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A hard look at Kellogg's future

The time has come for the Board of County Commissioners to take a hard look at the results of the half-million dollar Citizens Advisory Council (CAC) process. The findings of the CAC supports the wisdom of the Commissioners decision last year to close the Kellogg Creek treatment plant and consolidate wastewater treatment at the Tri-Cities facility. Moreover, as a resident and rate payer in Oak Lodge, I believe that the March 2005 vote if taken again today would result in consolidating their operations with Tri-Cities as well. Huge amounts of inaccurate information about the condition of the Oak Lodge treatment facility pushed voters into a bad decision. Now Oak Lodge is looking at a total renovation of the treatment facilities that will probably double or triple sewer rates.

The CAC ultimately ignored the cost projections of their chosen consultant and opted for one of the costliest of the alternatives studied -- building a new plant in an undetermined location. Common sense and all available cost projections pointed to the expansion of the Tri-Cities facility and closure of Kellogg as the logical choice. That is consistent with what the County Commissioners were told a year ago in the Clearwater report. The CAC put out a survey to the public looking for input. Despite the fact that the CAC slanted their survey in favor of their key goal - local control - the survey results were overwhelmingly in favor of closing the Kellogg Creek treatment plant with local control way down the list of concerns. When CAC's survey came back with results different than they anticipated, what was the solution? Ignore the survey results and go on with their agenda to create a new sewer plant of their own.

At least half of the CAC members were predisposed from the beginning against the plan to relocate Kellogg treatment facilities. That was clear from their web site, www.ortem.org/scam. The Chairman referred to those who 'drank the Clearwater poison' during one of the meetings, and they repeatedly scoffed at the concept of 'regionalization' while struggling to justify building their own new plant.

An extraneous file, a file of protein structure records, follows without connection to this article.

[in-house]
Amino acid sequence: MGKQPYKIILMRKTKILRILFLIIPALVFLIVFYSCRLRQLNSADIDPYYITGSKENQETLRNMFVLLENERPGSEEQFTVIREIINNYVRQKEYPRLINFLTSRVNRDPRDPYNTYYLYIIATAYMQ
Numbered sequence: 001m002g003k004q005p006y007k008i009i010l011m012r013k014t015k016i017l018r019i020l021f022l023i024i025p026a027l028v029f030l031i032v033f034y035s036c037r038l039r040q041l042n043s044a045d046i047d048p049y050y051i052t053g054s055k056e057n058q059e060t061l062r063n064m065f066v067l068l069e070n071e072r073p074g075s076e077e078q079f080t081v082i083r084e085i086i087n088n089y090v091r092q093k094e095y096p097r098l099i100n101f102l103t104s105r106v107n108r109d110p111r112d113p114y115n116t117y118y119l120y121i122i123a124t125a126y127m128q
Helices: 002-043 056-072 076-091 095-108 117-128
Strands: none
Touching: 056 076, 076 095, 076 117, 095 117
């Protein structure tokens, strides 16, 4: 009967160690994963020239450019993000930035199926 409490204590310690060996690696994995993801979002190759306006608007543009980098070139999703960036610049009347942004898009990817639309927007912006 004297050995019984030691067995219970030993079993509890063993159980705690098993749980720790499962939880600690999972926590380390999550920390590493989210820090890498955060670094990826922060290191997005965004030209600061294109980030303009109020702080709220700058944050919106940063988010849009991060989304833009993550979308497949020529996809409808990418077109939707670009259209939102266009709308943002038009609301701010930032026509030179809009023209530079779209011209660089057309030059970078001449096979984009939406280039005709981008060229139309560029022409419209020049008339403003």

Because they didn't like where the consultants' report was pointing OR the outcome of their own survey, the CAC spent their last week cobbling together a list of 'pros' and 'cons' to justify their desired result. The long list of perceived positives for a new plant were written like the plant already existed. It does not exist and so that list is a WISH LIST. In contrast the lists compiled for the other options, were based on current real conditions. Now the CAC is asking the County Commissioners to ignore the most cost-effective solution and take their WISH LIST as a justification for making rate payers foot the bill of a whole new plant.

The CAC claimed to want what is best for rate payers, yet they chose the option with the most uncertainty. There is no land designated for this project. How long will that process take to accomplish, how many more hundreds of thousands of tax payer dollars to purchase and develop a site? The figure batted around at the recent Board of County Commissioners meeting was a couple of hundred million dollars, and construction costs continue to rise monthly, so that figure seems likely to increase. The Tri-Cities facility already HAS the land and land use permits. The CAC's own report talked about how the Tri-Cities site had stubbed out their piping to better aid in future growth and expansion. Also the Tri-Cities is currently equipped with enough discharge to accommodate all future expansion needs.

The County Commissioners should address the control issue by establishing a wastewater management board with members from all affected communities, and not let that issue sideline the best solution - consolidation in an expanded regional facility at the Tri-Cities location. Oak Lodge residents come out next Tuesday (October 10th at 6:30PM) to let the Sanitary District Board know we want them to reconsider the option of closing the plant and piping all waste to Tri-Cities. We've been misled enough by those who claim to have our financial interests at heart, but who in fact have spread misinformation leading to unprecedented rate increases.